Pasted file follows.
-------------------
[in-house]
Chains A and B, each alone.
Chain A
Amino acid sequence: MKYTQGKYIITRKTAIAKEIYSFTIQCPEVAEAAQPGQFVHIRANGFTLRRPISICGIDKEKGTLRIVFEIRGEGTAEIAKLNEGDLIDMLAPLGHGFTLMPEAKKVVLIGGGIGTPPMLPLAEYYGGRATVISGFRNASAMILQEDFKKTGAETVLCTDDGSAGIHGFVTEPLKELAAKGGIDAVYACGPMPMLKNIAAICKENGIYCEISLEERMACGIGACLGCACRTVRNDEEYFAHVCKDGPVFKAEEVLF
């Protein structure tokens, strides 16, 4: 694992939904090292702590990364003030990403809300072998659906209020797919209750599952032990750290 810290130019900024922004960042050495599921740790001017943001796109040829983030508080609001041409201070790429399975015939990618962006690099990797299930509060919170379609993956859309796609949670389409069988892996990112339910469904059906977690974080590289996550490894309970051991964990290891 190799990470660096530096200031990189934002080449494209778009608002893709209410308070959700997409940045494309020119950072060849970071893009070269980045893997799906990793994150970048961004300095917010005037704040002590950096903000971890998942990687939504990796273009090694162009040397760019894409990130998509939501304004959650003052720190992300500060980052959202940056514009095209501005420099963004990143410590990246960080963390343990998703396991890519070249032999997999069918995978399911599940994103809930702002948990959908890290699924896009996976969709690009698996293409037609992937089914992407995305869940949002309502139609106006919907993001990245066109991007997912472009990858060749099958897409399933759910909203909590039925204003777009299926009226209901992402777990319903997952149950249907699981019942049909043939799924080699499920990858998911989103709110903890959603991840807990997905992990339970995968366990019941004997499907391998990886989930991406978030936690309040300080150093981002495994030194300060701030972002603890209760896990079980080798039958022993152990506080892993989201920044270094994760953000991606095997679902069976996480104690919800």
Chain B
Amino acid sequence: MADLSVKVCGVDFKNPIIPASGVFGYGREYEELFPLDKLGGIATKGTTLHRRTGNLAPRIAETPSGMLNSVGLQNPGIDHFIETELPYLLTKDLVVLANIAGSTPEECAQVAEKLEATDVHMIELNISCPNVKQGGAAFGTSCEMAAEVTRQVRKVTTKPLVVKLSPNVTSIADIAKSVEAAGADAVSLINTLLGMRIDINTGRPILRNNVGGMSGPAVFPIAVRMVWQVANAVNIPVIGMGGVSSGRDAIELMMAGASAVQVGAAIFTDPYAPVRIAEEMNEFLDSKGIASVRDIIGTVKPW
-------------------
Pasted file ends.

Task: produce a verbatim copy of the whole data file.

[in-house]
Chains A and B, each alone.
Chain A
Amino acid sequence: MKYTQGKYIITRKTAIAKEIYSFTIQCPEVAEAAQPGQFVHIRANGFTLRRPISICGIDKEKGTLRIVFEIRGEGTAEIAKLNEGDLIDMLAPLGHGFTLMPEAKKVVLIGGGIGTPPMLPLAEYYGGRATVISGFRNASAMILQEDFKKTGAETVLCTDDGSAGIHGFVTEPLKELAAKGGIDAVYACGPMPMLKNIAAICKENGIYCEISLEERMACGIGACLGCACRTVRNDEEYFAHVCKDGPVFKAEEVLF
């Protein structure tokens, strides 16, 4: 694992939904090292702590990364003030990403809300072998659906209020797919209750599952032990750290 810290130019900024922004960042050495599921740790001017943001796109040829983030508080609001041409201070790429399975015939990618962006690099990797299930509060919170379609993956859309796609949670389409069988892996990112339910469904059906977690974080590289996550490894309970051991964990290891 190799990470660096530096200031990189934002080449494209778009608002893709209410308070959700997409940045494309020119950072060849970071893009070269980045893997799906990793994150970048961004300095917010005037704040002590950096903000971890998942990687939504990796273009090694162009040397760019894409990130998509939501304004959650003052720190992300500060980052959202940056514009095209501005420099963004990143410590990246960080963390343990998703396991890519070249032999997999069918995978399911599940994103809930702002948990959908890290699924896009996976969709690009698996293409037609992937089914992407995305869940949002309502139609106006919907993001990245066109991007997912472009990858060749099958897409399933759910909203909590039925204003777009299926009226209901992402777990319903997952149950249907699981019942049909043939799924080699499920990858998911989103709110903890959603991840807990997905992990339970995968366990019941004997499907391998990886989930991406978030936690309040300080150093981002495994030194300060701030972002603890209760896990079980080798039958022993152990506080892993989201920044270094994760953000991606095997679902069976996480104690919800």
Chain B
Amino acid sequence: MADLSVKVCGVDFKNPIIPASGVFGYGREYEELFPLDKLGGIATKGTTLHRRTGNLAPRIAETPSGMLNSVGLQNPGIDHFIETELPYLLTKDLVVLANIAGSTPEECAQVAEKLEATDVHMIELNISCPNVKQGGAAFGTSCEMAAEVTRQVRKVTTKPLVVKLSPNVTSIADIAKSVEAAGADAVSLINTLLGMRIDINTGRPILRNNVGGMSGPAVFPIAVRMVWQVANAVNIPVIGMGGVSSGRDAIELMMAGASAVQVGAAIFTDPYAPVRIAEEMNEFLDSKGIASVRDIIGTVKPW